Anti-stigma campaign exhibition launched to mark World Mental Health Day

A unique photography exhibition showcasing the creative work of mental health service users, carers and members of the public has been held to mark World Mental Health Day (WMHD).

The exhibition was the culmination of mental health charity Hafal’s Wales-wide anti-stigma campaign, “Have You Clicked?” and it attracted a lot of interest from AMs and the media in Wales.

 The exhibition was launched by Minister for Health and Social Services, Edwina Hart AM on October 8th, two days ahead of WMHD; Chair of the Health, Wellbeing and Local Government Committee, Jonathan Morgan AM also attended.

Explaining the inspiration behind the campaign Bill Walden-Jones, Chief Executive of Hafal, said: “The ‘Have you Clicked?’ campaign saw tens of thousands of anti-stigma leaflets handed to the Welsh public as well as local events in all 22 counties of Wales.

“As part of the campaign we invited Hafal clients, carers and members of the public to take photographs that expressed something about their lives.

“Photography is a levelling activity – it can be done by virtually everyone and it brings people together. The images we’ve displayed show the creativity and vision of those who took part.”

One of the Hafal service users whose shots were on display said photography has helped her “enormously” with her mental health issues.

“It helps me to live in the moment rather than looking to the past or looking too far ahead into the future,” said 28-year-old Leanne Kelly who attends Hafal’s social club in Aberystwyth.

“It helps me to experience the world around me at that moment. I especially like the immediacy of digital photography where you can take a picture and have it up on the screen to work on very soon after.

 “I am also fortunate enough to live in a very beautiful part of Wales and I like taking pictures of it.”

Ms Kelly told the BBC Wales website, who produced a special online gallery of some of the best photos taken, that she felt very strongly about Hafal’s campaign to reduce discrimination against people with mental health problems after her own experiences.

“I am quite a shy person and the discrimination I have experienced from when I was a young teenager made me feel much more threatened,” she said.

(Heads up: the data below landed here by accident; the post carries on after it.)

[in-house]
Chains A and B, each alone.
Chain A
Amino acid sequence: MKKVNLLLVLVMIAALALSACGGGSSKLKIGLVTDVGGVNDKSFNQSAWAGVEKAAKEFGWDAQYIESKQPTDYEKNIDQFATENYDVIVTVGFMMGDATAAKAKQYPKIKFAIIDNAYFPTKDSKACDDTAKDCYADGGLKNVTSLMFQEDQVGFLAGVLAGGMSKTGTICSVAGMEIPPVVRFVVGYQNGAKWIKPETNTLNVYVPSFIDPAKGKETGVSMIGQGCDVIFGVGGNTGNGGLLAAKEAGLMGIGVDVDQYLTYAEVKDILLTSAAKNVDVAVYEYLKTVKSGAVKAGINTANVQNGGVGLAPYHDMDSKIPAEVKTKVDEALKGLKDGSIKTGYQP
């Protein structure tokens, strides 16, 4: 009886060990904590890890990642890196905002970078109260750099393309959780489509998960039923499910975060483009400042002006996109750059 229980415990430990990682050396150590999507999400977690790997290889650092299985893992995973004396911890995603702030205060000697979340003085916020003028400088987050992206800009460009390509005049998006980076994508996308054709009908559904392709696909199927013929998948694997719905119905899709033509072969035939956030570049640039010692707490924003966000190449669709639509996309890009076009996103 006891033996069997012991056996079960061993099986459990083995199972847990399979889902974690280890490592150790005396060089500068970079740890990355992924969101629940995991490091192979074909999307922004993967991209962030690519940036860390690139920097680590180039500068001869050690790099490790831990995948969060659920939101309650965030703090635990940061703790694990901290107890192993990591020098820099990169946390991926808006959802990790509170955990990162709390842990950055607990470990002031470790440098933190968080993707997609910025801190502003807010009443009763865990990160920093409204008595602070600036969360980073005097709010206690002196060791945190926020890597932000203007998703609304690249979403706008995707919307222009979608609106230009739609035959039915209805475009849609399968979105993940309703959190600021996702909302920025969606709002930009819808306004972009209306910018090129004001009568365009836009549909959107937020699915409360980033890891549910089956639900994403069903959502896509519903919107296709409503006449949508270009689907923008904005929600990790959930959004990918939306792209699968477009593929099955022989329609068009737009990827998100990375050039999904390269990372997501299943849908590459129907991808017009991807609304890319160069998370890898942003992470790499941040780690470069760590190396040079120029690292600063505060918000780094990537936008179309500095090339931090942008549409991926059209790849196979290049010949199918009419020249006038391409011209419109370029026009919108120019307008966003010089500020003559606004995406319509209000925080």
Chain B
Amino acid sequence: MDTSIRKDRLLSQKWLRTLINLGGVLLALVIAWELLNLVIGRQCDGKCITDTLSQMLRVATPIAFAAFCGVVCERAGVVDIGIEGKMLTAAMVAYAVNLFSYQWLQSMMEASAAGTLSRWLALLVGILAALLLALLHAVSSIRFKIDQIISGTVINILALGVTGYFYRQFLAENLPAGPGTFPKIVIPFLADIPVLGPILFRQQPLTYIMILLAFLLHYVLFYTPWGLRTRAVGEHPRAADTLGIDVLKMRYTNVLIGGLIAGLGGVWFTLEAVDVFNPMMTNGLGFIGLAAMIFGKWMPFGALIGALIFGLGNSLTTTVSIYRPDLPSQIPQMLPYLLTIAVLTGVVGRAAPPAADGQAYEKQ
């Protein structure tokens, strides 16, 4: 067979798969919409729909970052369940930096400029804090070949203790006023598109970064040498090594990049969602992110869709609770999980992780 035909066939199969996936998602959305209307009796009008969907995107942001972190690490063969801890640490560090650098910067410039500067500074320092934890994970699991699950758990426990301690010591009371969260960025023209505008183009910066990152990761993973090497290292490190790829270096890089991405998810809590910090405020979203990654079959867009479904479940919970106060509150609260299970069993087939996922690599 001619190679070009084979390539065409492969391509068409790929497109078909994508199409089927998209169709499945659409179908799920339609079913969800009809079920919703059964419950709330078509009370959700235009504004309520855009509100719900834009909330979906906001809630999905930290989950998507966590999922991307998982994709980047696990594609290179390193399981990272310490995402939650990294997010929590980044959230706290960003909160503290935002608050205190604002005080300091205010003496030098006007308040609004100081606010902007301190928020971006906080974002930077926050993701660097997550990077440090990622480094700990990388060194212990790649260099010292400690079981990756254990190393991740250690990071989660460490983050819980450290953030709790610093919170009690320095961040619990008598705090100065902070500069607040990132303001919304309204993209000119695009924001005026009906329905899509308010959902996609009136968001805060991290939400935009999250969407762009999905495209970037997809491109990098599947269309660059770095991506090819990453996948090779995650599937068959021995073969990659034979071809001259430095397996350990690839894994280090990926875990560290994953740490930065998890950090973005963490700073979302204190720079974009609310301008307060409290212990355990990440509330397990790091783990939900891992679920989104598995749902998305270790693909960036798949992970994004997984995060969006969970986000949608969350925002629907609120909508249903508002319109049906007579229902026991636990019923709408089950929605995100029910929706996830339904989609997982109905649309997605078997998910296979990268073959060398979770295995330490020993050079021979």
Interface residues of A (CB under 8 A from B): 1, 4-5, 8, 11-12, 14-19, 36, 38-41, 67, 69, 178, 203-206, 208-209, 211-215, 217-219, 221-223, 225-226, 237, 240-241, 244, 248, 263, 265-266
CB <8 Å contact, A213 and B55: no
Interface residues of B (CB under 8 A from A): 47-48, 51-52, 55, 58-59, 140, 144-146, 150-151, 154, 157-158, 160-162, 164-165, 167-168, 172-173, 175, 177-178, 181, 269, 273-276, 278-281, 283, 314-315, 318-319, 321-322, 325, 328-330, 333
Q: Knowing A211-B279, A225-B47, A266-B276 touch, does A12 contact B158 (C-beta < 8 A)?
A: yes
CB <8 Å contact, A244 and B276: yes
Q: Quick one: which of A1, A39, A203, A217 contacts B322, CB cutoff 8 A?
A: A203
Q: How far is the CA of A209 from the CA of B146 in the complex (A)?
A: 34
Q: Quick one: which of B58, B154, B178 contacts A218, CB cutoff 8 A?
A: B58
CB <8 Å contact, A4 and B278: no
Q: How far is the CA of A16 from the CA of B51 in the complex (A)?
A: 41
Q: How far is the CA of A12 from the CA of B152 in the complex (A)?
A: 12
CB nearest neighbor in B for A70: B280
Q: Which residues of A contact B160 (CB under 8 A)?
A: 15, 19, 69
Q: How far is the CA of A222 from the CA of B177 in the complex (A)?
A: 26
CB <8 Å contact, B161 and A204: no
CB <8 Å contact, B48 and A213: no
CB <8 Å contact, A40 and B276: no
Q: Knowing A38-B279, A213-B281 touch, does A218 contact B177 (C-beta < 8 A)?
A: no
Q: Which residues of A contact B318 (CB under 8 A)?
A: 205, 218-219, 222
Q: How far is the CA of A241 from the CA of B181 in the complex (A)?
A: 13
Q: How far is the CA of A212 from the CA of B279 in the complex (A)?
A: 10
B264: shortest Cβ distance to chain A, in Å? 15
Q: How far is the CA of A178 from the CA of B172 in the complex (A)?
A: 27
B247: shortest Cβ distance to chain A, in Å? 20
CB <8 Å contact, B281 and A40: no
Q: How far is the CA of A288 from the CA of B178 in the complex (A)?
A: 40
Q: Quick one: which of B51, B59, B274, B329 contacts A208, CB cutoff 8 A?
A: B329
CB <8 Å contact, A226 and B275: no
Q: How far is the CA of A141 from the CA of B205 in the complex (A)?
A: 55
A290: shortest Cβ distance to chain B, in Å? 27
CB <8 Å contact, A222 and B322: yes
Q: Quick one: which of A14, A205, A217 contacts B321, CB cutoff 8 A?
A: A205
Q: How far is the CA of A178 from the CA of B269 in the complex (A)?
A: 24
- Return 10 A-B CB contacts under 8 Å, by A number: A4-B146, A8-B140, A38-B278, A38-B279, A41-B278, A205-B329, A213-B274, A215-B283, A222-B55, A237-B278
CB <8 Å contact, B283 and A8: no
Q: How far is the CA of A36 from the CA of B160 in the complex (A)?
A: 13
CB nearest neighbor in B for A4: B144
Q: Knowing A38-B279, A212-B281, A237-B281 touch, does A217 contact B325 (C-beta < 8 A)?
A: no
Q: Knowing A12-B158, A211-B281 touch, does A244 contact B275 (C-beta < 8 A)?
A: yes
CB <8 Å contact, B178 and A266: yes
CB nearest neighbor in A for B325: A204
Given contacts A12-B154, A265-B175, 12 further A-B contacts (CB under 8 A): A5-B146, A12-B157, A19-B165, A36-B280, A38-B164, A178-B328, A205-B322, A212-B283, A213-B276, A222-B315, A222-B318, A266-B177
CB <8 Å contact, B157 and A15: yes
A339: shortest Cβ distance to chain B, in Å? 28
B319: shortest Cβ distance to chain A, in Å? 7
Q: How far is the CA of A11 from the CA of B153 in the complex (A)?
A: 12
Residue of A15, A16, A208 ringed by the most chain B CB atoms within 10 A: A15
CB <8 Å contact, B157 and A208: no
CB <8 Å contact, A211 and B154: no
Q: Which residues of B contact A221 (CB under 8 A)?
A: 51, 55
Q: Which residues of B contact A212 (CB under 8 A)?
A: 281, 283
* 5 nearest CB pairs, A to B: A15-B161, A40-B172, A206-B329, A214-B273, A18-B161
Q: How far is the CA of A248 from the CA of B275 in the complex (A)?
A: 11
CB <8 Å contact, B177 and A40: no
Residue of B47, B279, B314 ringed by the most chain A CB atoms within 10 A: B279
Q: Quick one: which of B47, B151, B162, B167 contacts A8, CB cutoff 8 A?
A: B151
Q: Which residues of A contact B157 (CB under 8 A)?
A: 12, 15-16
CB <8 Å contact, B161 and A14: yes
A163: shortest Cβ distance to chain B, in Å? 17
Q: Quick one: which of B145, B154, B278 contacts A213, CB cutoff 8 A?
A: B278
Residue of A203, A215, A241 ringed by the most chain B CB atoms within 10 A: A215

The exhibition received a lot of interest from the Welsh media. As well as being prominently featured on the web it was covered by Welsh political programme am:pm.

In a live interview from the Senedd, Hafal’s Deputy Chief Executive Alun Thomas said one of the campaign’s aims was to be as inclusive as possible.

He told the programme: “One in thirty people have a serious mental illness at some point in their lives which means if it’s not someone in your family there’s probably somebody in your street who has a problem. You might not know who they are and part of that’s because they may be afraid to raise their head above the parapet and say: ‘I have a serious mental illness.’

“We still have a press that drives the ‘danger’ side of mental illness, which doesn’t have an understanding of the positive things that people with a serious mental illness contribute to society.

“All we tend to see is tragedy, when things go wrong. This means people with a serious illness like schizophrenia or bipolar disorder may well feel less likely to come forward and receive services which compounds the whole issue.

“We want to have a recognition that people with a serious mental illness are you and I, we want to ensure they are welcomed into society, welcomed into their communities and that they can ask for help when they need it.”

To access the “Have You Clicked?” gallery please go to:

 To read the BBC story about the exhibition:

 To view the BBC online gallery of “Have You Clicked?” pictures:

 For more information on World Mental Health Day please visit: